Capt. Jenn Casey, 35, on May 17, in Kamloops. Originally from Halifax, Casey was hired right out of the University of King’s College Journalism program in 2009 as a producer and lineup editor at Rogers’ News 95.7 (CJNI-FM). After four years there, she went on to work briefly as a reporter and anchor at Quinte Broadcasting’s stations in Belleville, ON before joining the Canadian Armed Forces as a public affairs officer in 2014. She had been with the Snowbirds since late 2018. Flying with the Snowbirds as part of Operation Inspiration, a cross-country tour aimed at boosting the spirits of Canadians while they shelter-in-place during the COVID-19 pandemic, Casey’s family said in a statement that she died while “supporting an important mission that seemed to be designed for her.” Read one of the more personal tributes to Casey, penned by former News 95.7 colleague Meghan Groff, here.
Monique Mercure, 89, on May 17, of throat cancer. Over her six-decade career, Mercure starred in over 100 productions spanning film, TV and stage. She trained both in Paris at l’École Jacques-Lecoq and in Montreal at the Actor’s Studio, going on to star in at least 30 feature films, including Jean Beaudin’s J.A. Martin photographe, which earned her the award for Best Actress at the 1977 Cannes Film Festival and the Canadian Film Awards that year. She also starred in David Cronenberg’s Naked Lunch, which earned her a Genie Award for Best Supporting Actress (1992). She later won a Best Supporting Actress honour in 1999 for her role in Conquest. Mercure was made an Officer of the Order of Canada in 1977 and promoted to Companion in 1994. She received the Governor General’s Performing Arts Award for Lifetime Artistic Achievement and was made a Fellow of the Royal Society of Canada, among other accolades.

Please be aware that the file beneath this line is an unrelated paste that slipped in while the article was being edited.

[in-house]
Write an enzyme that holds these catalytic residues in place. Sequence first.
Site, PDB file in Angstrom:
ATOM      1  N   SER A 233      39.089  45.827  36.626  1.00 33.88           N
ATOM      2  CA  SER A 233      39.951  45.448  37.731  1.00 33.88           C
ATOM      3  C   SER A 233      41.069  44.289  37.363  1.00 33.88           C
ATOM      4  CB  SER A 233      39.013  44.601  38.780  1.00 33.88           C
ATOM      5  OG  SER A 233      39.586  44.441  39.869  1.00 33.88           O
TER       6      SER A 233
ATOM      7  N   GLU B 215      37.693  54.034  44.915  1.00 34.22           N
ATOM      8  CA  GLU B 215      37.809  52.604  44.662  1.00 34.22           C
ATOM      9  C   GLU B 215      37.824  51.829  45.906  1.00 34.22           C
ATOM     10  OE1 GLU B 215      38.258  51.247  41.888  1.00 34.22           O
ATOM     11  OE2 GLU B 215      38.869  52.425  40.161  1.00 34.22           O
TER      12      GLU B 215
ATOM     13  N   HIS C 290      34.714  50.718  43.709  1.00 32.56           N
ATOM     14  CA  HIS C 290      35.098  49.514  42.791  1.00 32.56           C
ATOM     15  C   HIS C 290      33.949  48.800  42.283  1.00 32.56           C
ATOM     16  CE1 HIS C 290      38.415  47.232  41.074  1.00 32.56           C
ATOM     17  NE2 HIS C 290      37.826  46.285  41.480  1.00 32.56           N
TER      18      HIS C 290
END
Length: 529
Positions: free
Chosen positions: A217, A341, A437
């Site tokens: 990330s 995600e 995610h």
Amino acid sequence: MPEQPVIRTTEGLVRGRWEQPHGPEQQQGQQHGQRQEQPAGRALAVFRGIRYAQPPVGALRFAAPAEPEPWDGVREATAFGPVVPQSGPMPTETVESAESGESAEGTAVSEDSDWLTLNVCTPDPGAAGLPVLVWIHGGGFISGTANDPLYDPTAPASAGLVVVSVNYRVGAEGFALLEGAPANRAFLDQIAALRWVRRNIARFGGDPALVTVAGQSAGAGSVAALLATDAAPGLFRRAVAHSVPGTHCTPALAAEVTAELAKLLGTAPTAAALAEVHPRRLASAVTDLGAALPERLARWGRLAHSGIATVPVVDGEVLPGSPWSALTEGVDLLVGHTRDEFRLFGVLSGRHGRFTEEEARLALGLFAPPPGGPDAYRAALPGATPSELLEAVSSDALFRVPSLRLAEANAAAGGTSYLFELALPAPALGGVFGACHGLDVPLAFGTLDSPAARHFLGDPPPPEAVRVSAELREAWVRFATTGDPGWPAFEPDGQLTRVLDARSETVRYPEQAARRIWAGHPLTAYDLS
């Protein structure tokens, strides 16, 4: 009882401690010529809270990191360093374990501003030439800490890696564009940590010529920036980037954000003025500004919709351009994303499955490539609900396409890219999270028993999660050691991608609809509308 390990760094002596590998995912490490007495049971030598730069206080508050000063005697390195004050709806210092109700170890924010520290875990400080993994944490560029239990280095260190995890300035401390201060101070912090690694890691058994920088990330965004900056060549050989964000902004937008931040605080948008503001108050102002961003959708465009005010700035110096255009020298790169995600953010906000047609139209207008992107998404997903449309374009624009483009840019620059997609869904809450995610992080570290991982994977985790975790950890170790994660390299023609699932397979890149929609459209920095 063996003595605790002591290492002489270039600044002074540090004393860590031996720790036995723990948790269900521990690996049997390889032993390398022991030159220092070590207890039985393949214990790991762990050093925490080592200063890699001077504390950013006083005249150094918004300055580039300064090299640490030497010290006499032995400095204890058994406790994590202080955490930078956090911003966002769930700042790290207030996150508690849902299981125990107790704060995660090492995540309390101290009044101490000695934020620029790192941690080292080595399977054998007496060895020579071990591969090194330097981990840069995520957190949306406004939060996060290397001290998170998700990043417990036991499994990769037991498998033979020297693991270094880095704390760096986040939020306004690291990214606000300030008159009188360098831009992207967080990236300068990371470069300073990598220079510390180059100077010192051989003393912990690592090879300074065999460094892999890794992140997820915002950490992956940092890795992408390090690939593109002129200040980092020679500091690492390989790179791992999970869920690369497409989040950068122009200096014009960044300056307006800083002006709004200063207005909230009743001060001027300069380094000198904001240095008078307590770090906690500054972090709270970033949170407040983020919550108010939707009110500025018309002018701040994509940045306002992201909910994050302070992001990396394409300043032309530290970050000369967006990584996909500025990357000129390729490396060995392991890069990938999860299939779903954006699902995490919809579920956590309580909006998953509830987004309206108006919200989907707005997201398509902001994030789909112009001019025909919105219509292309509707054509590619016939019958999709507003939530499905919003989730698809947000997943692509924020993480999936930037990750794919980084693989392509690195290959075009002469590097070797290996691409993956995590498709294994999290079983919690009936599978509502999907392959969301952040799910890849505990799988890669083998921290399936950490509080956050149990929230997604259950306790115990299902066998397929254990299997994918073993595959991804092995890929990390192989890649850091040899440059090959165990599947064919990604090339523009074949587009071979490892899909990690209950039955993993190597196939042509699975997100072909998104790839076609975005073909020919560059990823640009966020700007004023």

Ken McKissock, 72, on May 7 of cancer. Born in Ontario, McKissock moved to Vancouver and worked in the music industry before going on to a career in broadcast sales. McKissock worked at BCTV (now Global BC) where he was a salesman and sales manager, in addition to CFUN Vancouver. He went on to found advertising agency, AIM Communications, in 1992.